Friday, July 18th at 1:00pm – 2:30pm, Acadia-Madewood, Royal Sonesta.

With Robert Burr, Paul MacFadyen and Leonardo Pinto.

ABSINTHE COCKTAIL LAB

TB Tasting Nouvelle Orleans absinthe clsoe

Absinthe is along misunderstood spirit and cocktail ingredient. Often loved to the point of obsession by some and maligned by others, it has been used in cocktails arguably for as long as there have been cocktails.

This hands-on session with explore the ways in which absinthe has been used historically and can be used today as a cocktail ingredient.

Further, we will explore effects of both variations in quantity and of different styles of absinthe used to create unique cocktails. We will discuss and mix a number of classic cocktail recipes, and then allow attendees to mix variations of both classic and modern cocktails with different quantities and styles of absinthe.

Friday, July 18th at 3:00pm – 4:30pm, Riverview Room, Hotel Monteleone

The moderator is Stephen Gould and the panelists are Ted Breaux, Noah Heaney and Joshua Peter Smith.

Here`s the entire list of seminars and tickets can be purchased here!

ML lobby

TOTC 2014 – Top 4 Finalists for the Spirited Awards

Spirited Awards logo 2014

So finally, the top four finalists for the Spirited Awards are nominated!

Following a rigorous judging process by the most respected minds in the cocktail industry, the top four finalists have been selected for the 8th Annual Spirited Awards. The top four from each category are invited to attend the Spirited Awards on July 19, 2014 at the Sheraton New Orleans.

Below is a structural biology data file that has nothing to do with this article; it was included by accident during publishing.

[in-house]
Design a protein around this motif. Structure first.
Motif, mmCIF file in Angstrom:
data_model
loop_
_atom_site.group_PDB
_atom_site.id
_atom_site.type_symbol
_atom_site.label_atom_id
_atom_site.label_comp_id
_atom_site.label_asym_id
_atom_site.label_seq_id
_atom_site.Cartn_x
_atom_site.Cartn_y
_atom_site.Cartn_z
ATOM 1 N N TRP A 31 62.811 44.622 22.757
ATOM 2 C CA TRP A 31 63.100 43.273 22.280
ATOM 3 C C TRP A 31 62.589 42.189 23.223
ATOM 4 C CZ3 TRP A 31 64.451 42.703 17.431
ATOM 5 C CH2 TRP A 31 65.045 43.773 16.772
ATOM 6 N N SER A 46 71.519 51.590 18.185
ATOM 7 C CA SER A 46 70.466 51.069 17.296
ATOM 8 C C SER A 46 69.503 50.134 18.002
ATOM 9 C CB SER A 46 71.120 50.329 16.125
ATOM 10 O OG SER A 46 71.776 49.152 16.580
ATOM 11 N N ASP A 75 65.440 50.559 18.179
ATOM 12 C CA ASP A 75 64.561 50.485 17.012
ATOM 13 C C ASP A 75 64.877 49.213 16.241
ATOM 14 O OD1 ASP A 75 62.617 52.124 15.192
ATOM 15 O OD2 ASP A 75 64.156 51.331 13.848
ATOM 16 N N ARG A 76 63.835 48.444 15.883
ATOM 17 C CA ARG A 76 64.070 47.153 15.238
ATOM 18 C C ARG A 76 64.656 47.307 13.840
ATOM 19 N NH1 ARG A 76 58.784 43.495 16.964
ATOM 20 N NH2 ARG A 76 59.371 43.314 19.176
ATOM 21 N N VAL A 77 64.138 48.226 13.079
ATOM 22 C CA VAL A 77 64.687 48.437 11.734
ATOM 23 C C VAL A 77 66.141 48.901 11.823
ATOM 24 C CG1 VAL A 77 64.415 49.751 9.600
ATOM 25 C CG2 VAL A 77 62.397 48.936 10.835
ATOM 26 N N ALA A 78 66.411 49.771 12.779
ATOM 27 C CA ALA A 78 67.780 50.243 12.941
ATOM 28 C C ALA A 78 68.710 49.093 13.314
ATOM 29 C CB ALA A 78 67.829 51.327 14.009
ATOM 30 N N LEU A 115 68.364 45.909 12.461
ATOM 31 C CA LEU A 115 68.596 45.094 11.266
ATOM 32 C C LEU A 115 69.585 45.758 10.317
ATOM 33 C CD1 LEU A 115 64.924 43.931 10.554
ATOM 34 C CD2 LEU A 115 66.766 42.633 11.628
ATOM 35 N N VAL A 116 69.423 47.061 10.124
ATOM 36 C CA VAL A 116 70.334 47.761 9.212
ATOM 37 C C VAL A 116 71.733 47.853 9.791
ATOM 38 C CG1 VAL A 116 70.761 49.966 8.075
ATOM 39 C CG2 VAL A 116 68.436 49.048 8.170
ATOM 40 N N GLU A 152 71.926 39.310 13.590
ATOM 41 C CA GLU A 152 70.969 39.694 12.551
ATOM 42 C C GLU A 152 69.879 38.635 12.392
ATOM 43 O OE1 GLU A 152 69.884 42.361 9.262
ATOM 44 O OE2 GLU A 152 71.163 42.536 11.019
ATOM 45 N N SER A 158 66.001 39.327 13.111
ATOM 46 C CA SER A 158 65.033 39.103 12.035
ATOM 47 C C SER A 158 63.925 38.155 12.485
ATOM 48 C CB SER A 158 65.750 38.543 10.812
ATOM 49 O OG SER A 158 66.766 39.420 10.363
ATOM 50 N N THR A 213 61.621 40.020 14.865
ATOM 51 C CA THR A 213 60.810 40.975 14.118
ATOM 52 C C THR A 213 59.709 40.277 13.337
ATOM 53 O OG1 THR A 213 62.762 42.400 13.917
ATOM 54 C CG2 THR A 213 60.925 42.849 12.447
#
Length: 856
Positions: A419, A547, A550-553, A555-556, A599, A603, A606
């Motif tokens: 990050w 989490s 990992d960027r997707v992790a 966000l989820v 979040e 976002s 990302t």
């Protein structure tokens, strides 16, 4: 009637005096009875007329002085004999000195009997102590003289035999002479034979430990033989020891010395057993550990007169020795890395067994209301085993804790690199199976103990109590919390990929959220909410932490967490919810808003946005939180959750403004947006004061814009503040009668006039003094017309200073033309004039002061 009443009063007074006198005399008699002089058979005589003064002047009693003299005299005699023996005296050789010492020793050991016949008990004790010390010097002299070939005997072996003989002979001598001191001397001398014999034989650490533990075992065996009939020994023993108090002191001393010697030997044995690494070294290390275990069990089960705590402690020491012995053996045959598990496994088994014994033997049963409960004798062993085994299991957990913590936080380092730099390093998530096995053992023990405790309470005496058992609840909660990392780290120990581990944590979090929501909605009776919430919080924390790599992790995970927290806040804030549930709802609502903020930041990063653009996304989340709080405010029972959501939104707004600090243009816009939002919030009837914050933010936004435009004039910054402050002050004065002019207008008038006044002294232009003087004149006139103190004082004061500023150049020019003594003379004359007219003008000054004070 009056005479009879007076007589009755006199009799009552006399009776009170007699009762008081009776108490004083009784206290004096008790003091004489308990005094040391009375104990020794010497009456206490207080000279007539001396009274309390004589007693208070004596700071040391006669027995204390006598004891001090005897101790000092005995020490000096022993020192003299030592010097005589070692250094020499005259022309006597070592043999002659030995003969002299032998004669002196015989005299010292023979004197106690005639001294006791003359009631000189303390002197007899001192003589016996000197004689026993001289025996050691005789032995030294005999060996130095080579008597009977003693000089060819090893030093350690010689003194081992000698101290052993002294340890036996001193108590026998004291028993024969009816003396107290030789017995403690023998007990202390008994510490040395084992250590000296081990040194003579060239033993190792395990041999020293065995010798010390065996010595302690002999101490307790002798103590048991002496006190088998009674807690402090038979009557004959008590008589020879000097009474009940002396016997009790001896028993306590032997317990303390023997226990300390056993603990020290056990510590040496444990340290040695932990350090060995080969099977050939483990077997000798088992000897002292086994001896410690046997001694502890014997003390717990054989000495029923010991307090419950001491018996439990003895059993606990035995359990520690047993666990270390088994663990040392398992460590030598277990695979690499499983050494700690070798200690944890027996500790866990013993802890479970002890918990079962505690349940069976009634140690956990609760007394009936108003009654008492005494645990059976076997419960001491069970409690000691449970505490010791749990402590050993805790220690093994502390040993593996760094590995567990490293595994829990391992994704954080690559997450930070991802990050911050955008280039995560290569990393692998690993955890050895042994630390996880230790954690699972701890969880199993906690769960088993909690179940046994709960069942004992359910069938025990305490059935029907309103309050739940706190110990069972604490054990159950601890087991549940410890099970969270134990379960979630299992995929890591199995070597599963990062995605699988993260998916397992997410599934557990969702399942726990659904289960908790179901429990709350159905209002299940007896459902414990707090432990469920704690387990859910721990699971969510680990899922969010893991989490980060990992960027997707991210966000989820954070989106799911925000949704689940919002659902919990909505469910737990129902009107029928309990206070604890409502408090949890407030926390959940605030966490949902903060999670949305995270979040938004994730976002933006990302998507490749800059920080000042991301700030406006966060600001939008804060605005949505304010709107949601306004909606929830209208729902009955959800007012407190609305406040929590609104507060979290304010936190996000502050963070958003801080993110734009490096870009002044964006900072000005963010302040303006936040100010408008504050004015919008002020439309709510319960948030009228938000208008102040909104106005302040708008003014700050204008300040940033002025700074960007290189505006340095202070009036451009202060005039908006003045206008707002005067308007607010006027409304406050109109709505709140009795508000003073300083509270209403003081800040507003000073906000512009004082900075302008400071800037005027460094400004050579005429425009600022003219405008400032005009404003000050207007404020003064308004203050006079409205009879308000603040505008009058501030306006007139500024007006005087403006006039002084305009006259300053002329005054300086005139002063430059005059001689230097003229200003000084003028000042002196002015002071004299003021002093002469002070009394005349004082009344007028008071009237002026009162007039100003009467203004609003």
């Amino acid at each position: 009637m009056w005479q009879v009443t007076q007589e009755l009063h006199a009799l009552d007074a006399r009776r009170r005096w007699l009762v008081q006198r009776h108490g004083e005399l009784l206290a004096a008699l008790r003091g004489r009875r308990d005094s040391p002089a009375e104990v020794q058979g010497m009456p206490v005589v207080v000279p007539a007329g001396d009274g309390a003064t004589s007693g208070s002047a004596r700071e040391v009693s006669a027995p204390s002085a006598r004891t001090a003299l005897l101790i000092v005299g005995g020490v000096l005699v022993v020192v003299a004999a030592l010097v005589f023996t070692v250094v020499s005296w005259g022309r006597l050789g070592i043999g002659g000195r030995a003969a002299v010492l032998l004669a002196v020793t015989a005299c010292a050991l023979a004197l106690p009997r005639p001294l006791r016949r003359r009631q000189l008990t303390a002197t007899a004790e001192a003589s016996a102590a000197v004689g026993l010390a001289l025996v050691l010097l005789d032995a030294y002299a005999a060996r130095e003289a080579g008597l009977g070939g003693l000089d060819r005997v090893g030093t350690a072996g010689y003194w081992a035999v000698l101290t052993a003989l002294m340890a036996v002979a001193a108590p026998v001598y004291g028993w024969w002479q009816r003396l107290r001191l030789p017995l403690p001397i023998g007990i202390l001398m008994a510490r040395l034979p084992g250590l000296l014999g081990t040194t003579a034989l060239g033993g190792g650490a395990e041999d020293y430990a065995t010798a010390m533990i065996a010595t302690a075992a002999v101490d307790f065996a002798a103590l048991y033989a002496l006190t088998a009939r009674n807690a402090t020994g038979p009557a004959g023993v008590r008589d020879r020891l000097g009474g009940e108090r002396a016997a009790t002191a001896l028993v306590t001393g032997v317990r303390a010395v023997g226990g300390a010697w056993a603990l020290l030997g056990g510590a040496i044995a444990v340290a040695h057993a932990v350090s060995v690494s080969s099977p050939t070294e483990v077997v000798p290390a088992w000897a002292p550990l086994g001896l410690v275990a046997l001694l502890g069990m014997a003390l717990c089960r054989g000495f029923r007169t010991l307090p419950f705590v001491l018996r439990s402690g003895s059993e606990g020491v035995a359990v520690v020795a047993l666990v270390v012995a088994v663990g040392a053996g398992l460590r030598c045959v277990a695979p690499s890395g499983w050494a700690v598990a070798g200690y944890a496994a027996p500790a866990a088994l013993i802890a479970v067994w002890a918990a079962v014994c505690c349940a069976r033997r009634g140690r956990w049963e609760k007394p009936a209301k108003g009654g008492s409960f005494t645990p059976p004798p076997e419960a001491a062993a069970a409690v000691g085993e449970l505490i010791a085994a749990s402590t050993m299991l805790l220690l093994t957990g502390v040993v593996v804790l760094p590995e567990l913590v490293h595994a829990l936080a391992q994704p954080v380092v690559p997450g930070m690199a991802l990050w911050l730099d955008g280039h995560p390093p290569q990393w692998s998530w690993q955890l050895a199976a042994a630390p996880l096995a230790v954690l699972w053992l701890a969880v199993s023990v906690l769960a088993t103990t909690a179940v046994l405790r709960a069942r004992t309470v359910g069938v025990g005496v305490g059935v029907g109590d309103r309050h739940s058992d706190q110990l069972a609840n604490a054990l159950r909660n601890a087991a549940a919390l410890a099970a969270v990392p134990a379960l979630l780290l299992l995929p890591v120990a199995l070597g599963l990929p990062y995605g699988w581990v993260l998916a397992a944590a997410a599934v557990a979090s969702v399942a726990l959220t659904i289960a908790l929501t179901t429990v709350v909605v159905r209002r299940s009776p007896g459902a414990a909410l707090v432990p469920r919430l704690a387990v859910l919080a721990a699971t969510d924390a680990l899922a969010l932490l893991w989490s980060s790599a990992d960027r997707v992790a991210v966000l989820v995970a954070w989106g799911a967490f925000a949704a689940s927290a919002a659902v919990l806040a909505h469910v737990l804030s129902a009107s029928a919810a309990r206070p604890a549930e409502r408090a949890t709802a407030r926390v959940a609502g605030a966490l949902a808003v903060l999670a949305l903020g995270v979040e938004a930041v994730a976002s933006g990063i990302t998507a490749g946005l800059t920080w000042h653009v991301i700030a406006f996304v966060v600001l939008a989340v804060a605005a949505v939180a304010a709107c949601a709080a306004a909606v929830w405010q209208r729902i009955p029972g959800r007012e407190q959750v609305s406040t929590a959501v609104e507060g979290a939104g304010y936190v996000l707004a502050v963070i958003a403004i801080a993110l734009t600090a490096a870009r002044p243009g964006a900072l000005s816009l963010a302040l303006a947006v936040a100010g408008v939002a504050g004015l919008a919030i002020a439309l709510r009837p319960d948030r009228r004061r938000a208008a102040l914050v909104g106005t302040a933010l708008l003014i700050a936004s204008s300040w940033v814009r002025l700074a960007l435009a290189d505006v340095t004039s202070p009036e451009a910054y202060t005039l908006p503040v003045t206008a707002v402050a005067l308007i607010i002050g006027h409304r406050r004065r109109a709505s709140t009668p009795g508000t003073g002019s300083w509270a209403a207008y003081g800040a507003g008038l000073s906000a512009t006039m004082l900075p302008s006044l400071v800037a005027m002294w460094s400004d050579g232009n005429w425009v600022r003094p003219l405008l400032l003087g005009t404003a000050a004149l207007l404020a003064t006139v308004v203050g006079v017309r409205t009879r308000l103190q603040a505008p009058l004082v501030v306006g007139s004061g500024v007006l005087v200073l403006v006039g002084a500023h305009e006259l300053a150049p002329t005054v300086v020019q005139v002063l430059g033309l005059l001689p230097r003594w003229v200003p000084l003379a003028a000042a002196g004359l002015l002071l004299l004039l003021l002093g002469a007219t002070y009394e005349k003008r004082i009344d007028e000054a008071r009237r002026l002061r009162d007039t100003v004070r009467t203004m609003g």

Tickets to the Spirited Awards ceremony can be purchased online at TalesoftheCocktail.com for $125 per individual ticket and $1250 per table of 10 seats.The Spirited Awards are just one part of the exciting 12th Anniversary Tales of the Cocktail taking place in New Orleans,July 16-20, 2014.Visit TalesoftheCocktail.com to learn more about the many other spirited events.

Without further ado, here are the top four finalists in each category:

AMERICAN CATEGORIES:

American Bartender of the Year:
Jeff Bell (New York)
Marcovaldo Dionysos (San Francisco)
Bobby Heugel (Houston)
Sean Kenyon (Denver)

Best American Bar Team:
Attaboy (New York)
Employees Only (New York)
Trick Dog (San Francisco)
Williams & Graham (Denver)

Best American Brand Ambassador:
Brooke Arthur (House Spirits)
Chris Patino (Pernod Ricard USA Portfolio)
Neyah White (Suntory Japanese Whiskies)
Angus Winchester (Tanqueray Gin)

Best American Cocktail Bar:
Canon (Seattle)
The Dead Rabbit (New York)
Smuggler’s Cove (San Francisco)
Williams & Graham (Denver)

Best American High Volume Cocktail Bar:
Employees Only (New York)
Honeycut (Los Angeles)
Polite Provisions (San Diego)
Trick Dog (San Francisco)

Best American Hotel Bar:
Clyde Common (Portland)
The Hawthorne (Boston)
Sable Kitchen & Bar (Chicago)
The Spare Room (Los Angeles)

Best American Restaurant Bar:
Clyde Common (Portland)
Gramercy Tavern (New York)
The NoMad (New York)
nopa (San Francisco)

Best New American Cocktail Bar:
Attaboy (New York)
Half Step (Austin)
Three Dots and A Dash (Chicago)
ZZ’s Clam Bar (New York)

INTERNATIONAL CATEGORIES:

International Bartender of the Year:
Simone Caporale (London)
Zdenek Kastanek (Singapore)
Hidetsugu Ueno (Tokyo)
Tom Walker (London)

Best International Bar Team:
28 Hong Kong Street (Singapore)
The American Bar at The Savoy (London)
Artesian at the Langham (London)
The Black Pearl (Melbourne)

Best International Brand Ambassador:
David Cordoba (Bacardi)
Giuseppe Gallo (Martini)
David Piper (Hendrick’s Gin)
Claire Smith (Belvedere Vodka)

Best International Cocktail Bar:
28 Hong Kong Street (Singapore)
Bramble Bar (Edinburgh)
Candelaria (Paris)
Door 74 (Amsterdam)

Best International High Volume Cocktail Bar:
Eau de Vie (Melbourne)
The Black Pearl (Melbourne)
London Cocktail Club (London)
Schumann’s (Munich)

Best International Hotel Bar:
Artesian at the Langham (London)
Beaufort Bar at The Savoy Hotel(London)
Black Angel’s Bar (Prague)